Have you ever accidentally made false charges against anyone? It’s easy to do. You can see or hear something, think you know what’s going on, and you pass it along. That happened to Elizabeth. She was walking by her neighbor’s home when Mr. Jones ran out of the house. He raced to his car, squealed as he backed out of the driveway, and tore off down the street. Mrs. Jones came out on the front porch looking upset, but her husband was long gone. Elizabeth, embarrassed, hurried home. She told her sister that Mr. Jones was driving like a maniac, like someone who’d been drinking. She also reported that Mrs. Jones was really upset with him. Maybe they were getting a divorce.
That night at supper, Elizabeth repeated her story. Her mom scowled, then replied, “You’ve made some serious charges. And you couldn’t be more wrong.” Elizabeth’s face grew warm as her mom explained what had happened. “Mrs. Jones called and asked us to pray for her husband’s father. They got a call this afternoon that he’d had a heart attack. You witnessed Mr. Jones racing off to the hospital, hoping to see his father before he went into surgery.” Ashamed of the rumor she’d started, Elizabeth hung her head.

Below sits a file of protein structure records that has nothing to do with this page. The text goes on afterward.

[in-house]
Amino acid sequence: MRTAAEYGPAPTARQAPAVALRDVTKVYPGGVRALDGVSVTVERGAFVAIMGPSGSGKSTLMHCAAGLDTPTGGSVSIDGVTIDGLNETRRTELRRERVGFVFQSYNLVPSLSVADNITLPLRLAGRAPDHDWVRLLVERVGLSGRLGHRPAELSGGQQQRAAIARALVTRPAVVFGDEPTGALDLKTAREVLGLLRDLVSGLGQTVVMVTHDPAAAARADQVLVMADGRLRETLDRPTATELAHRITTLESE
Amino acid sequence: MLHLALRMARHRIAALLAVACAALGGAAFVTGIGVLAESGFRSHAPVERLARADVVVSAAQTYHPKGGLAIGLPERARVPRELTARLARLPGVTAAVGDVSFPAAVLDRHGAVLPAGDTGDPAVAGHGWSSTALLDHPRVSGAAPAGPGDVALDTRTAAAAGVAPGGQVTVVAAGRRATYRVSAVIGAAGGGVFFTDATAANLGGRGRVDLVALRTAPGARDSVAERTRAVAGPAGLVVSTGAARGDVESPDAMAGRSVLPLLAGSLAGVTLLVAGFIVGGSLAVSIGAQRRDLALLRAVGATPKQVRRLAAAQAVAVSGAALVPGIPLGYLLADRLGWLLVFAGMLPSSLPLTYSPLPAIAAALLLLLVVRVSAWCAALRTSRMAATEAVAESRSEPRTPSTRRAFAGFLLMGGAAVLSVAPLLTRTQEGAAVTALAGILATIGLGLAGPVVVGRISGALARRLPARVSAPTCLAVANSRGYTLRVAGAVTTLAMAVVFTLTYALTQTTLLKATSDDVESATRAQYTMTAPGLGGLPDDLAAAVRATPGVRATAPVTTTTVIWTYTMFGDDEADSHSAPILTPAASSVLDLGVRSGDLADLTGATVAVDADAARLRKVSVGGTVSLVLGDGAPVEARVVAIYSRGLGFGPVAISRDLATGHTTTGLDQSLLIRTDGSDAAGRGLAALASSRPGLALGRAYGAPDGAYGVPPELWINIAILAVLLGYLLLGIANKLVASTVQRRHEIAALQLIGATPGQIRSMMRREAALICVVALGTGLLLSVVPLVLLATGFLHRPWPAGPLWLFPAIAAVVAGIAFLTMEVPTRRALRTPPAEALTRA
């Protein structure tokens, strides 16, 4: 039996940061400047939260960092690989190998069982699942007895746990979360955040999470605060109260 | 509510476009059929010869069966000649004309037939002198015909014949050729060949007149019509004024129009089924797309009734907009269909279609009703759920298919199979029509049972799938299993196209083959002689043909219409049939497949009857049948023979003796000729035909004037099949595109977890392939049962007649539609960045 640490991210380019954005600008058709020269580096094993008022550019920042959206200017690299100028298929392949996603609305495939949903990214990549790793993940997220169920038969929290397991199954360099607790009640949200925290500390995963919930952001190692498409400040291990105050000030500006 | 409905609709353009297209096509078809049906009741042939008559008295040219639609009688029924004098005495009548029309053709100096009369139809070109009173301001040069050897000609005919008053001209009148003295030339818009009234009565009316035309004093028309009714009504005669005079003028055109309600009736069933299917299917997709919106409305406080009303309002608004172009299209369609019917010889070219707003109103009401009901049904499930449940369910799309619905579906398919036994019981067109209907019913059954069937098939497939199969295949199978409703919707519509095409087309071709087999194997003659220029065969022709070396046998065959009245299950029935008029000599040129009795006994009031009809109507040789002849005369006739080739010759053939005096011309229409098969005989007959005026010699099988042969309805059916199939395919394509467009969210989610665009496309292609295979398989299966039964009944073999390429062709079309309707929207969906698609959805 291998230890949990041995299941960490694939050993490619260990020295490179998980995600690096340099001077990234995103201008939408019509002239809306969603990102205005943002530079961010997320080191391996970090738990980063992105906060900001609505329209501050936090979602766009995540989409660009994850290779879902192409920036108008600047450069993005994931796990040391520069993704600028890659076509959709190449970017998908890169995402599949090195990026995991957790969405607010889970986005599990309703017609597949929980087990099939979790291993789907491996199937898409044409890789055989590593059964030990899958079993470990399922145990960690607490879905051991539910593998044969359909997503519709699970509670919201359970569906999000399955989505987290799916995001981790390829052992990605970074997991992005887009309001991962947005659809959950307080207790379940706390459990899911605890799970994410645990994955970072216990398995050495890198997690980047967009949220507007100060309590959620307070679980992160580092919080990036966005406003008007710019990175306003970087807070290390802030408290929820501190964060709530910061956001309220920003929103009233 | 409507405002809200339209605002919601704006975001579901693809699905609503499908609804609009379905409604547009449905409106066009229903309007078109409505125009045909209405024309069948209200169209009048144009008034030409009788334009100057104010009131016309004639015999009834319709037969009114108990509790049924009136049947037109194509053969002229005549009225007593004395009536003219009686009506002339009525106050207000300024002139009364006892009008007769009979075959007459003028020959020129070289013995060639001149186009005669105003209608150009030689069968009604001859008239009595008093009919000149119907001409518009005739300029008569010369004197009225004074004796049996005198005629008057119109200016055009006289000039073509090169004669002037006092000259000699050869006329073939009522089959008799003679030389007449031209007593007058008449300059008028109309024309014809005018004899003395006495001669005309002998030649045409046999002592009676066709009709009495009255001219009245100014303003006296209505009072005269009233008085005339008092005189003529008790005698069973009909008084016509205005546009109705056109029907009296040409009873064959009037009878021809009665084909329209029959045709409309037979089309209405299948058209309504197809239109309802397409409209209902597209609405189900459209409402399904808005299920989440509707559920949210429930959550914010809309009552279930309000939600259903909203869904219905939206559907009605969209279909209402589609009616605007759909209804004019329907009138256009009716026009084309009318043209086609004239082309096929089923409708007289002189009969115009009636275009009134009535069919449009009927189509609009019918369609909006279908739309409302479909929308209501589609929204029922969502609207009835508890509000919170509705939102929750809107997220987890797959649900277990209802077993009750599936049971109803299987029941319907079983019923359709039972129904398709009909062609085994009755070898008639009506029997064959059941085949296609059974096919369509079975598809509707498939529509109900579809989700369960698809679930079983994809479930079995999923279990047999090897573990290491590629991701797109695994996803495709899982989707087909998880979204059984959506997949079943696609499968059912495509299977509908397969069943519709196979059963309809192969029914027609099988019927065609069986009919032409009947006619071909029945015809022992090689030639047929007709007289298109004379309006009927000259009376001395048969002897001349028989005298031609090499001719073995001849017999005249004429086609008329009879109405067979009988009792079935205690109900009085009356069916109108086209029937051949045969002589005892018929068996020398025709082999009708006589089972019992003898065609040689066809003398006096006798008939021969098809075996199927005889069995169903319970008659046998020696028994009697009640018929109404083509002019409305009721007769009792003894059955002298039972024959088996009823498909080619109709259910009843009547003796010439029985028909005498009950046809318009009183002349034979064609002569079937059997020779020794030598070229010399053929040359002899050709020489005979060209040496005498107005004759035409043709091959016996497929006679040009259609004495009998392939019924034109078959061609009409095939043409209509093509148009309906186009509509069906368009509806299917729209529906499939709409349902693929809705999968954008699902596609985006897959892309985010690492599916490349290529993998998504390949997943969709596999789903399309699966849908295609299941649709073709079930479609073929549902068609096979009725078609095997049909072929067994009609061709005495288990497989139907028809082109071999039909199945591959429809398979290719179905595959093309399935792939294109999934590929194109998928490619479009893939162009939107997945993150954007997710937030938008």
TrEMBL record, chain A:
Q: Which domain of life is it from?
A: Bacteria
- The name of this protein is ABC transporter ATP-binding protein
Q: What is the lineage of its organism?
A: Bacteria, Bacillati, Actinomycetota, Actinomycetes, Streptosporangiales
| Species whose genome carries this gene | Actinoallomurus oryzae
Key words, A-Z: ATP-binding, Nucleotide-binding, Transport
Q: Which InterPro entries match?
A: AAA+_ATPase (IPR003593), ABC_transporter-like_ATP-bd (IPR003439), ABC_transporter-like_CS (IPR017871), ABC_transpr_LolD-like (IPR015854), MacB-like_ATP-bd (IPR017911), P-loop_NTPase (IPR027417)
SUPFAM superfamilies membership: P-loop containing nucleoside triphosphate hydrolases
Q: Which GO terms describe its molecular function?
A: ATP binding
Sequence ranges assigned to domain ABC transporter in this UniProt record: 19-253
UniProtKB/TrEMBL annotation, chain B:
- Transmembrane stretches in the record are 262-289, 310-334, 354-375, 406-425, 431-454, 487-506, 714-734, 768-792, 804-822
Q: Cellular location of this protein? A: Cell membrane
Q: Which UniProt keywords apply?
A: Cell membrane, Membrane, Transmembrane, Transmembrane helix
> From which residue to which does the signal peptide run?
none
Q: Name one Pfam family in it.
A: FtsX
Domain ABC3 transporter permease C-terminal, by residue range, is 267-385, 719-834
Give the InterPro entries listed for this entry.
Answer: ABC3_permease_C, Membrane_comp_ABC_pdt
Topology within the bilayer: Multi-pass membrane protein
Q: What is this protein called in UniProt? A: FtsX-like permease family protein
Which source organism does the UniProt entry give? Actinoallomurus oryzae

People often jump to conclusions, many of them false. When you see something that makes you curious, don’t try to be a mind reader. Don’t assume bad motives or reasons for what people say or do. Then you’ll be less likely to make false accusations. Wrong thinking and guess work (like Elizabeth’s) lead to making false charges. Instead, pray about things you see, and give people the benefit of the doubt. Then others will do that for you! “Keep far away from falsely charging anyone with evil.” Exodus 23:7 (NLT)